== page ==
How do patients prioritize in situations of limited resources?
In times of limited resources within the health care sector, a pertinent issue for both health care administrators and politicians is that of making priorities between patients in need of treatment. An interesting aspect is that neither the public, nor the patients themselves, have been involved in discussion on prioritizations.
This research project aimed to investigate how patients would make priorities among other patients on a waiting-list for major joint (hip- or knee) replacement, when resources are strained and it isn’t possible to provide treatment for all patients. A spectrum of motivations guiding patient priorities were identified and documented. The prioritizations made by an orthopaedic patient group were compared to priorities suggested by orthopaedic surgeons, general practitioners, and a representative sample of the general population.
Thirty patients on the waiting list for major joint replacement at the Karolinska University Hospital in Huddinge were invited to participate in the first phase of the study, and experienced orthopaedic surgeons assessed these patients’ relative priority for surgery using a validated clinical scoring instrument. Patients were also asked to complete questionnaires including psychosocial aspects of their health, such as quality of life. From these assessments, 10 patient vignettes, including clinical as well as psychosocial aspects, have been constructed and included in a questionnaire. In the second phase of the study, this questionnaire was sent to a new group of orthopaedic patients on the waiting list at the Karolinska University Hospital, to a representative sample of the public, and to orthopaedic surgeons and general practitioners.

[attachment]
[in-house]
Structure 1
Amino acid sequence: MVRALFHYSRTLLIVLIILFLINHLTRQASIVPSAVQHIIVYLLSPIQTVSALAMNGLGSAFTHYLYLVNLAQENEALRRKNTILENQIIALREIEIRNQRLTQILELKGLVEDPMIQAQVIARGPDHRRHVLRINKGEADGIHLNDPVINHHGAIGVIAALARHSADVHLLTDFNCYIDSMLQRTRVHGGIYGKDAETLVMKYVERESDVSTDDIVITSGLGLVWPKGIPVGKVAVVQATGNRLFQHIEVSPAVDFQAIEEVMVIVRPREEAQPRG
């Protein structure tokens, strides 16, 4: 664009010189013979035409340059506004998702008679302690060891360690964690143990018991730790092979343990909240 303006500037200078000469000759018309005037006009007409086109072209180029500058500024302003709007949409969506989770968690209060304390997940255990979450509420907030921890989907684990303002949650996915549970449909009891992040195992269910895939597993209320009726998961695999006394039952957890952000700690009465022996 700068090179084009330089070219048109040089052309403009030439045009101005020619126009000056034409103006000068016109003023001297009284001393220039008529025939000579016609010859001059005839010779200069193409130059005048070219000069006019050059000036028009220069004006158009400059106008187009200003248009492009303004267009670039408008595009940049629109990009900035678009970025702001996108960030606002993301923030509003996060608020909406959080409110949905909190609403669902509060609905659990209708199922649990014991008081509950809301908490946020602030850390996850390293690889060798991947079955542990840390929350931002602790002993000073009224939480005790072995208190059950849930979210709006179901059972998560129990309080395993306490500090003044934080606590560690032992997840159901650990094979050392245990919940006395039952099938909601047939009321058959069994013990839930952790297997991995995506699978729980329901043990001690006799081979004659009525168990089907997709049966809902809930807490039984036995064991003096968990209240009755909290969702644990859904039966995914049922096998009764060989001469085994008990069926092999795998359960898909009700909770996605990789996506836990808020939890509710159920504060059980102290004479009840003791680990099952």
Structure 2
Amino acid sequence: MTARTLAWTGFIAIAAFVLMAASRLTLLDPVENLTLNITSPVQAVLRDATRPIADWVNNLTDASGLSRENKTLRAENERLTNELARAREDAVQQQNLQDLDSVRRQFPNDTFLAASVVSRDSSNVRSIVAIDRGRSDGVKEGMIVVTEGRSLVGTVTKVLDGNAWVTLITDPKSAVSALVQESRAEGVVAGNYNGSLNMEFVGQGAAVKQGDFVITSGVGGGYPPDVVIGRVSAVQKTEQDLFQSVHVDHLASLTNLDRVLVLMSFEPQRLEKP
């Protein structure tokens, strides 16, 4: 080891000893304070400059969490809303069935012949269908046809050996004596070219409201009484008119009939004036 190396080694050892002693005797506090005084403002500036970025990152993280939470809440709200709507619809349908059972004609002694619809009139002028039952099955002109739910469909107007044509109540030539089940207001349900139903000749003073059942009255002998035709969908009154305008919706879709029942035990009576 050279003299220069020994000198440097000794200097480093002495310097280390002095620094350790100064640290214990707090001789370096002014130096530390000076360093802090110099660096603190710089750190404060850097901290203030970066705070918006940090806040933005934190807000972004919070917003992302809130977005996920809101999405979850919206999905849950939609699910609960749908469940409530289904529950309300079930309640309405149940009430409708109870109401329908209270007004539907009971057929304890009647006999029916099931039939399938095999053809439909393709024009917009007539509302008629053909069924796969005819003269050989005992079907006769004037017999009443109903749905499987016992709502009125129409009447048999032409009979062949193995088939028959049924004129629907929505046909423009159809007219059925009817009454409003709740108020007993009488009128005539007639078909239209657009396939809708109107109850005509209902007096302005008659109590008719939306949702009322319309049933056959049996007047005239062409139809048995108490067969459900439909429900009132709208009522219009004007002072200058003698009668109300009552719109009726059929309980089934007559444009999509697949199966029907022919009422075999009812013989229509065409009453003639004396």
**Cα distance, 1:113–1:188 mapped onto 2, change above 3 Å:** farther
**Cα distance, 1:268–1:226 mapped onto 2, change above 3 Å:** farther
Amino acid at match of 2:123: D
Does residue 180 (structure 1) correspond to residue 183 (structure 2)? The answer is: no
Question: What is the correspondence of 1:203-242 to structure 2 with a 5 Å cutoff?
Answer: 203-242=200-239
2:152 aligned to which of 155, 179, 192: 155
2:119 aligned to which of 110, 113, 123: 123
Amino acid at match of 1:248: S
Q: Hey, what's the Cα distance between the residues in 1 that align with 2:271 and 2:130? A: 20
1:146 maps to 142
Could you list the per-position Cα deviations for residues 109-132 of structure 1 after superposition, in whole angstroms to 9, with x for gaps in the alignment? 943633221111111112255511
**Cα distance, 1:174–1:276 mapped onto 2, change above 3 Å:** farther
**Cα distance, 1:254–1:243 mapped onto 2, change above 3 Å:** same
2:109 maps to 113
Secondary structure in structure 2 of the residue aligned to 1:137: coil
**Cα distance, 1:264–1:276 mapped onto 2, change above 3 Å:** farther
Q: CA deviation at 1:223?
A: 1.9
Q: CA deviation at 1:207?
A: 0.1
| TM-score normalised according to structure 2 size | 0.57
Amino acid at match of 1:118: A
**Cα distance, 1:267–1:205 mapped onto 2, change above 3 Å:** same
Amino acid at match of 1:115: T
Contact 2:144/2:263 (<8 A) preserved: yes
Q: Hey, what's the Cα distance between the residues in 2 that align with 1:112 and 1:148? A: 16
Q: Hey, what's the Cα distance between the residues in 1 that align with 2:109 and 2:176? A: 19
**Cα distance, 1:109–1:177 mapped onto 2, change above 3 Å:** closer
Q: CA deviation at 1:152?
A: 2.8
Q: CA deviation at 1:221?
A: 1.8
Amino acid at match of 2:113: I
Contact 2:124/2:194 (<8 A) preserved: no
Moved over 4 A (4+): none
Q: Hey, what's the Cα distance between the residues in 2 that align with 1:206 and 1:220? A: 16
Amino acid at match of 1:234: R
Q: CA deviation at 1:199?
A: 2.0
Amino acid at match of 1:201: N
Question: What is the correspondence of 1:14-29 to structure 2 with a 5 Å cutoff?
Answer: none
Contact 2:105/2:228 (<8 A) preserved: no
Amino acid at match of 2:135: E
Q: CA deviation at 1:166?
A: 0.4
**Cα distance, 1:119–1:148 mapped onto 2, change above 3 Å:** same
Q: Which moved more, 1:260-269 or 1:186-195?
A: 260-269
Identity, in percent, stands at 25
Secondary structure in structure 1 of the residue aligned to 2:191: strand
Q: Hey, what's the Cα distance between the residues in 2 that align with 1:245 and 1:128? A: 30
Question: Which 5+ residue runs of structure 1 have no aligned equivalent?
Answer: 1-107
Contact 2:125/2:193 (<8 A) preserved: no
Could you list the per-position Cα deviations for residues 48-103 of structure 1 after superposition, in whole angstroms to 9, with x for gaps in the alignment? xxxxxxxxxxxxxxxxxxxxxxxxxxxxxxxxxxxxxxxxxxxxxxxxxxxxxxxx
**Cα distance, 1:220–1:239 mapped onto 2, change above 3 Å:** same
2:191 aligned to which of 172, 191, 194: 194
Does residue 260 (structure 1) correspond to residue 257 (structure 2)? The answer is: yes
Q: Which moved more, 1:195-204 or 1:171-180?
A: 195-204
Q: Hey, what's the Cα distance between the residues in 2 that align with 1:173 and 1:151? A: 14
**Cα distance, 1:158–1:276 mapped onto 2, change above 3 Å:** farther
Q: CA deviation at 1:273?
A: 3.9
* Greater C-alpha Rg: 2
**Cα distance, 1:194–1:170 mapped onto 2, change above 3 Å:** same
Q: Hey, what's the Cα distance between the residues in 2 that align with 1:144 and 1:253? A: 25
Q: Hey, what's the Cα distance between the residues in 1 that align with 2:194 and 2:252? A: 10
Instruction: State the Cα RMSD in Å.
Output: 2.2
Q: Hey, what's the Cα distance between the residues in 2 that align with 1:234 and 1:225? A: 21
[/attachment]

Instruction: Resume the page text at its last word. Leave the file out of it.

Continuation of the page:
Magnusson H, Felländer-Tsai L, Hansson MG and Ryd L, Cancellations of elective surgery may cause an inferior postoperative course: the ’Invisible hand’ of health care prioritization?, Clinical Ethics, 2011;6(1):27-31.
The project is made possible by a grant from The Vardal Foundation For Health Care Sciences and Allergy Research (Vårdalstiftelsen) and the Uppsala County Council (Landstinget i Uppsala län.
Contact at CRB
- Mats G. Hansson, Professor of Biomedical Ethics
- Lilianne Eninger, Associate Professor (now at the Department of Psychology at Stockholm Univeristy)
- Li Tsai, MD, Associate Professor, Orthopaedic Surgery, Karolinska University Hospital, Huddinge
- Leif Ryd, MD, Professor of Orthopaedic Surgery, Karolinska University Hospital, Huddinge
- Håkan Magnusson, MD, Orthopaedic Surgery, Karolinska University Hospital, Huddinge
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